Patty was born and raised in McMinnville, and although she has left town more than once, she always returns. She attended Western Oregon University and completed her Bachelor’s degree in only three years. After graduation she taught one year at the former Adams Elementary School in McMinnville, taught another year in Atlanta, Georgia, and returned to McMinnville to teach middle school for several years.
When she married her husband Rick in 1979, he had custody of his two year old son Chris, so Patty was both a new mother as well as a new wife. When Rick went to work as an engineer in the oil fields, they moved from place to place to follow his job duties. In six years they lived in seven houses and five states (North Dakota, Texas, Colorado, Oklahoma, and Oregon). Patty and Rick had their son, Colin, in 1981. He lived in three houses in his first year. Later she was thrilled to be able to adopt Chris. Yes, they did return to McMinnville, but they continued to move from city to city; Patty says the longest period of time they lived in the same house was 10 years.
Patty taught at elementary and middle schools for16 years in McMinnville, Sherwood, and Newberg. She eventually returned to school for a graduate degree in Library Educational Technology and worked in this new field at the elementary, middle, and secondary levels as well as teaching library/technology courses at George Fox University. At the time of her retirement, she was teaching six classes a day at her elementary school, repairing school computers, and running the school library. When she retired, the next library teacher did not have to do the computer repair. But Patty didn’t really retire. Instead, after retirement she worked part-time for the State of Oregon as the School Library Liaison conducting technology workshops for librarians and teachers around the state.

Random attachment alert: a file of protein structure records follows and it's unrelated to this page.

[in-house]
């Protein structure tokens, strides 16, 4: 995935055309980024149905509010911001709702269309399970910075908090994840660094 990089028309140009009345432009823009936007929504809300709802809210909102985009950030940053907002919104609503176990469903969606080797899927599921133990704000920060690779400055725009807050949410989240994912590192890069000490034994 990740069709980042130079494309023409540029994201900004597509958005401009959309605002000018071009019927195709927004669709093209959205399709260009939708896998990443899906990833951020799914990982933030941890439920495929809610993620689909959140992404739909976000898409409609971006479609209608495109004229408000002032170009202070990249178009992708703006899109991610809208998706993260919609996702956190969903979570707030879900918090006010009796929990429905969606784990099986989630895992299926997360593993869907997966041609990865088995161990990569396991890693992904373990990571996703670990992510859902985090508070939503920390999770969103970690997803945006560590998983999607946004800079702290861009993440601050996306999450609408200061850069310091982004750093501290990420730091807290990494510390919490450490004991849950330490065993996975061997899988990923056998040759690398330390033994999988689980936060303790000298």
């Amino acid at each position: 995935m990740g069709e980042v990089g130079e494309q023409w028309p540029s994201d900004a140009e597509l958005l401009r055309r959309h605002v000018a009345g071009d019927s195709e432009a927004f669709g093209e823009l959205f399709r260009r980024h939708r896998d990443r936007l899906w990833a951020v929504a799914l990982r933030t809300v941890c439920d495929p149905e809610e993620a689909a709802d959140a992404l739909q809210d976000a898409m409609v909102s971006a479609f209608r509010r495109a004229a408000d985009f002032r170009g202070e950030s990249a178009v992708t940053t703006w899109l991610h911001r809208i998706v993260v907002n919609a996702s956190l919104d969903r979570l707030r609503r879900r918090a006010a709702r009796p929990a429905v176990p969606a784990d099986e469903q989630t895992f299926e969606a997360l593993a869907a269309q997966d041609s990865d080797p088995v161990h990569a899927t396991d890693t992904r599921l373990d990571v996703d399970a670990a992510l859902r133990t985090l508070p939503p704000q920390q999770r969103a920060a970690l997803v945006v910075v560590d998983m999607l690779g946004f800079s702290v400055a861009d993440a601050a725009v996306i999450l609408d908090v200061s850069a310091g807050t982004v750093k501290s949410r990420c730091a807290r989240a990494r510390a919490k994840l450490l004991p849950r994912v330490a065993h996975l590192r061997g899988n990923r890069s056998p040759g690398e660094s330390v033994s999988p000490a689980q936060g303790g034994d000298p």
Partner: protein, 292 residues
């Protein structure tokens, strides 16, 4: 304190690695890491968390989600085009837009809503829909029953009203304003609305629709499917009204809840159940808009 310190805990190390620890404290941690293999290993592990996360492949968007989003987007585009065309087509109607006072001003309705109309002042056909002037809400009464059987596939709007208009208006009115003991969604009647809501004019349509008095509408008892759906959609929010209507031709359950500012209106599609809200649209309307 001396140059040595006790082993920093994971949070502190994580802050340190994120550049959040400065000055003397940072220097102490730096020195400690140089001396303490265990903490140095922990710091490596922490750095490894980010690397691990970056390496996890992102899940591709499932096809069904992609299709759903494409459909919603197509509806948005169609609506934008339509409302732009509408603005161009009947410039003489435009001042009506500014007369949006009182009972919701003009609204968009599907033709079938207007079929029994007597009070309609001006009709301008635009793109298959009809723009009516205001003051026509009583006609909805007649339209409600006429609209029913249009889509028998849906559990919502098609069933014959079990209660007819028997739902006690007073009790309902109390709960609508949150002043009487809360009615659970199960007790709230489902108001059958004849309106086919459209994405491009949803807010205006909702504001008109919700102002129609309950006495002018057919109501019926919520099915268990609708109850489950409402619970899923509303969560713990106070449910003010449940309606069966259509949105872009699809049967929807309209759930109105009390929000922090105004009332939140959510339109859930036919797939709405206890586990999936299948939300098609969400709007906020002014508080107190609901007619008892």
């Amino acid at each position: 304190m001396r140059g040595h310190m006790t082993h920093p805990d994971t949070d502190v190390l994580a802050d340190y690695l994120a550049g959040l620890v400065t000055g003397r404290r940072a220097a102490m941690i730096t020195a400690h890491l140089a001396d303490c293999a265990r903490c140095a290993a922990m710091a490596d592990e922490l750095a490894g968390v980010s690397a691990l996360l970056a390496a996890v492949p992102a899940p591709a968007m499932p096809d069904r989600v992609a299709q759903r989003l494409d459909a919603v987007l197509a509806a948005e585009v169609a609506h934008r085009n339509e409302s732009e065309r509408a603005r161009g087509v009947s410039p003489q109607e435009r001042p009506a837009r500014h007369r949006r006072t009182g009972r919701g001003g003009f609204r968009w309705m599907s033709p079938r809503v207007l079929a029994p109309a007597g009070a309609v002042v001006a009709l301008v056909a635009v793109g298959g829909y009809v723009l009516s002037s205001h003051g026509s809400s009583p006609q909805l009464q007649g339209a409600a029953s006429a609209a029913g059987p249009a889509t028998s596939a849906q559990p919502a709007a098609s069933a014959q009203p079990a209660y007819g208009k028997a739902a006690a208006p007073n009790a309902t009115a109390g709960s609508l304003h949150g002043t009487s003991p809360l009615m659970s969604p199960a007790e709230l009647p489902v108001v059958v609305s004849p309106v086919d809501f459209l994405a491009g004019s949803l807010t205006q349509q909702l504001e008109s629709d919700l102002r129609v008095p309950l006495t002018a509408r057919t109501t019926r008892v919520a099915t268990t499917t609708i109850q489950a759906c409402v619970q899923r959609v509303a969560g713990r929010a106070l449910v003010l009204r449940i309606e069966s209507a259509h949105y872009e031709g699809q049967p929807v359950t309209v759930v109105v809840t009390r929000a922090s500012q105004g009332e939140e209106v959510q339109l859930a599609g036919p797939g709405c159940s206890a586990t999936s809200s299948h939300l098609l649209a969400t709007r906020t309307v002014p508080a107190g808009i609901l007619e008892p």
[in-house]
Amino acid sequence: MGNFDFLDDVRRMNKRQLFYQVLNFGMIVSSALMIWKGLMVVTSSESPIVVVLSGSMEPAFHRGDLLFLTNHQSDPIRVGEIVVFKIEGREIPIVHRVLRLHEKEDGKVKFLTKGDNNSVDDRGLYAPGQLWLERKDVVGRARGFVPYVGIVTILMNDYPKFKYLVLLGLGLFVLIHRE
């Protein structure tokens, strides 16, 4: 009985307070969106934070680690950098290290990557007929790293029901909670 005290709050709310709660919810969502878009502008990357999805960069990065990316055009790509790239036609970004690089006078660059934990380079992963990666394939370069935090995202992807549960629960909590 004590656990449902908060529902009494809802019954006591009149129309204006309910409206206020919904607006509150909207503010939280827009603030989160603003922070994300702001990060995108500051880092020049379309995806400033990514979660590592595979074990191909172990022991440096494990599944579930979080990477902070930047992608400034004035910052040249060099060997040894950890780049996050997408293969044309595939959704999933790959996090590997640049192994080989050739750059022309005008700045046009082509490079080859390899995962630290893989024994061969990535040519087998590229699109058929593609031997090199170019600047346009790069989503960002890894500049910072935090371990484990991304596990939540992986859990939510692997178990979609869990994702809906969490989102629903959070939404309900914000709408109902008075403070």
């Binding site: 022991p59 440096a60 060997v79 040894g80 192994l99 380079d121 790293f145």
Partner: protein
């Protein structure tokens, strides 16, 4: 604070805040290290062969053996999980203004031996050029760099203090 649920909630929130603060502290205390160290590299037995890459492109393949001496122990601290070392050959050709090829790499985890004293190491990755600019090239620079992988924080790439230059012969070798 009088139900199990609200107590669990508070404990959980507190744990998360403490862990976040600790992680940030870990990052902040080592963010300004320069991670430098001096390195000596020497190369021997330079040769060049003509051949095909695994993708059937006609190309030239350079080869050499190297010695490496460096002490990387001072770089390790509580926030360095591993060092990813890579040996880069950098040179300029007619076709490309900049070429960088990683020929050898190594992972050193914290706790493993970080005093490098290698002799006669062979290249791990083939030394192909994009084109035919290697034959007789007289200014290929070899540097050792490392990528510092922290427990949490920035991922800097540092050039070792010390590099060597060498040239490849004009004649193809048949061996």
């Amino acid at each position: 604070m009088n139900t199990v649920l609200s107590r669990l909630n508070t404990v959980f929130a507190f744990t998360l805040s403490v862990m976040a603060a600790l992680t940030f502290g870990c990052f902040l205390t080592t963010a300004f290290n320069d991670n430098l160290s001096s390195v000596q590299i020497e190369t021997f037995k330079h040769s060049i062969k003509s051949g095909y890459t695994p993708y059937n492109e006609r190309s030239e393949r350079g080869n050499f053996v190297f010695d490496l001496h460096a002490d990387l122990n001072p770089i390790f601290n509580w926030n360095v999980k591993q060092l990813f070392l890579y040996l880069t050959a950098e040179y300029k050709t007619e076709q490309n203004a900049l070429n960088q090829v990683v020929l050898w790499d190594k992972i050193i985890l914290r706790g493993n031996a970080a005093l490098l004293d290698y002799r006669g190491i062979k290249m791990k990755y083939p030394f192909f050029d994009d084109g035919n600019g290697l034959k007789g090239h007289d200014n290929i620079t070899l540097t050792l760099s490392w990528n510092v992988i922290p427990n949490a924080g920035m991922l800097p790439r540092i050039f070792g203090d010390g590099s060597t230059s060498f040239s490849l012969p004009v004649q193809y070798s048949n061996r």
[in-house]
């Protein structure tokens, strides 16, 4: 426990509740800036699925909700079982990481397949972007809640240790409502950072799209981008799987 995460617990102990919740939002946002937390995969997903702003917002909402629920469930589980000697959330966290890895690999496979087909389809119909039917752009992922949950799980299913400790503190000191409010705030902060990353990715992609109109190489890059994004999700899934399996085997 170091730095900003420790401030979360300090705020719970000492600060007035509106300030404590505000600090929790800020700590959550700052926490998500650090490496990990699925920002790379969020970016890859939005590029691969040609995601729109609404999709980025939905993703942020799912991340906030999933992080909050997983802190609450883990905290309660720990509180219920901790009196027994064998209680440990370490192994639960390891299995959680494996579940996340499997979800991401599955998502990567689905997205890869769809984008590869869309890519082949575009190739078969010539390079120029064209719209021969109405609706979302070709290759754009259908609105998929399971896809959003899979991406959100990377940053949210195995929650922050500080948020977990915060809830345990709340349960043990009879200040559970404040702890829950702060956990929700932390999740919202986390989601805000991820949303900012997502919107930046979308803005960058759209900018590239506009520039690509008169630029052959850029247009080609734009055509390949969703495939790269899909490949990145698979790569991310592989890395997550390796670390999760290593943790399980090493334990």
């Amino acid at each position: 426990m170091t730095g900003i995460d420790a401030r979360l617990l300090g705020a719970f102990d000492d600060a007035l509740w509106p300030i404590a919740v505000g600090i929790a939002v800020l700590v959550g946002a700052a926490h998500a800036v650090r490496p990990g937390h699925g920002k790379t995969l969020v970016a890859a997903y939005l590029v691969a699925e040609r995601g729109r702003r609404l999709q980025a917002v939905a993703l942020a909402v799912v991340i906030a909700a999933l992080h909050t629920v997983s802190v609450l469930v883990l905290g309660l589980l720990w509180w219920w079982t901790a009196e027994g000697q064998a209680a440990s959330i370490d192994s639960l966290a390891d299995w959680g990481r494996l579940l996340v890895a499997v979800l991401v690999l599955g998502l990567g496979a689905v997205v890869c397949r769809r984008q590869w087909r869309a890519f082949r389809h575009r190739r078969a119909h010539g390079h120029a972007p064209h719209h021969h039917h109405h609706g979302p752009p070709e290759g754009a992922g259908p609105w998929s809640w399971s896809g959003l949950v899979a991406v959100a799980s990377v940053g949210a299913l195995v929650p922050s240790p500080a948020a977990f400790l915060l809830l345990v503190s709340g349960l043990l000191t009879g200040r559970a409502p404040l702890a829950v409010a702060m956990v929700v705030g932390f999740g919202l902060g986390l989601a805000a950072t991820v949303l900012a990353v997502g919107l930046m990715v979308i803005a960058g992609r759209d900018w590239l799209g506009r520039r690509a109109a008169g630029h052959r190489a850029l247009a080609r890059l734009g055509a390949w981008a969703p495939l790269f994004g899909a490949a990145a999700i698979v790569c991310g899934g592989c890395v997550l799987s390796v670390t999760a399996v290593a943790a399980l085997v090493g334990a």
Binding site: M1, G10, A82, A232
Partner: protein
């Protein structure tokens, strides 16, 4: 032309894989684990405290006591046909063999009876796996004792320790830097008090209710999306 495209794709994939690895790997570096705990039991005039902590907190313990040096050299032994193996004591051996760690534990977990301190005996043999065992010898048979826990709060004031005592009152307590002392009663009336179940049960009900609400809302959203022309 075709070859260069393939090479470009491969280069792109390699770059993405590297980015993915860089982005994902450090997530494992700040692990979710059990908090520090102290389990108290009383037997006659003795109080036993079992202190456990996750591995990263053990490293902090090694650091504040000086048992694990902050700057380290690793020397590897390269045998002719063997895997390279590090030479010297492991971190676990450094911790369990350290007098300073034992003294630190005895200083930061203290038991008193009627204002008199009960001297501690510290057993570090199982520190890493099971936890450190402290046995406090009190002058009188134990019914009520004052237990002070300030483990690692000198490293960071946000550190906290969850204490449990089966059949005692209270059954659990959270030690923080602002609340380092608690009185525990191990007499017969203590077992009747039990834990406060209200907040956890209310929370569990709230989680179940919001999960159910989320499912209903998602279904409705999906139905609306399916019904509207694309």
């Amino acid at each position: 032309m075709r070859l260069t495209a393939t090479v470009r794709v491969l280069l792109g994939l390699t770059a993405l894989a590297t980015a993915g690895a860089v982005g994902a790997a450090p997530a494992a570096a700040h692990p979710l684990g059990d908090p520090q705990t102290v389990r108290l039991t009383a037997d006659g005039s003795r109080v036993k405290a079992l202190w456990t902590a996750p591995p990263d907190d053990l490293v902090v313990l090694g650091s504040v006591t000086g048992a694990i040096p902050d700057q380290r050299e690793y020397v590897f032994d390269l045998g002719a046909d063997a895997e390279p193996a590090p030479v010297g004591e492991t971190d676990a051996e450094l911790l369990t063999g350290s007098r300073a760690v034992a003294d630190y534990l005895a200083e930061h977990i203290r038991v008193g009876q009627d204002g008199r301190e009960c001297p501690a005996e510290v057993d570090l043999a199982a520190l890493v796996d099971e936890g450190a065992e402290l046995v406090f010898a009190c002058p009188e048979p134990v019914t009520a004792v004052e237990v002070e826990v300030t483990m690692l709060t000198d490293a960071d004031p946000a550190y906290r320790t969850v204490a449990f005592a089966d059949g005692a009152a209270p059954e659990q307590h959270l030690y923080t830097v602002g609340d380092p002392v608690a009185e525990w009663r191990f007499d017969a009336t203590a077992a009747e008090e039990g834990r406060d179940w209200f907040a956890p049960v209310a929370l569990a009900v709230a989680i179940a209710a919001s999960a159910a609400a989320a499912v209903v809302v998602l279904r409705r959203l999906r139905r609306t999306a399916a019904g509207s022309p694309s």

After so many years in the classroom, today Patty enjoys working out-of-doors and says she came by gardening genetically. Her father was a member of the Men’s McMinnville Garden Club, her mom grew up on a farm and her parents won our Yard of the Month honor three times.
Both Patty and Rick are now retired. They have three grandchildren and are delighted to babysit their 3-month-old grandson, Patrick, twice a week. The other two live in Rhode Island. They also enjoy birding together and belong to the Lincoln City Audubon Society where their second home is located.
Patty loves the Garden Club because it is filled with like-minded people. She likes the direction that our President Judy Eggers is taking the club. Judy sees each individual as important and acknowledges the work done by members. Patty hopes more people get involved with leadership positions. She has really enjoyed the friendships she’s made in all the club’s activities.
Horticulture – Stinkbugs -- By Sally Parks-Brown
(Condensed from an article by Kym Pokorny in the Oregonian)
As the days get shorter and colder these prehistoric looking creatures start to look for a warm, dry place to live which turns out to be our homes. Many homeowners this year have been finding high numbers of them in their gardens and homes. These creatures are known as the Marmorated Stinkbug (Halyomorpha Halys), who move in the spring onto their preferred fruits, seeds and nuts. These bugs have the distinctive shield-like shape and are identified from regular stinkbugs by their striped antennae. I have seen them brown or green colored.
“They are unmistakable for their stinky irritating odor when they're crushed,” said Vaughn Walton, an entomologist with OSU extension service. They are not harmful in our homes but once spring comes and they move into our gardens, it is a different story. They move back into the gardens and start laying eggs on the underside of leaves. They hatch out in a week and can complete this process three times in a season. They can cause considerable damage to our vegetables, fruits and nuts causing malformed fruits and vegetables and blank nuts. Some of their favorite hosts are blueberries, apples, maples, English holly, tree of Heaven and empress tree.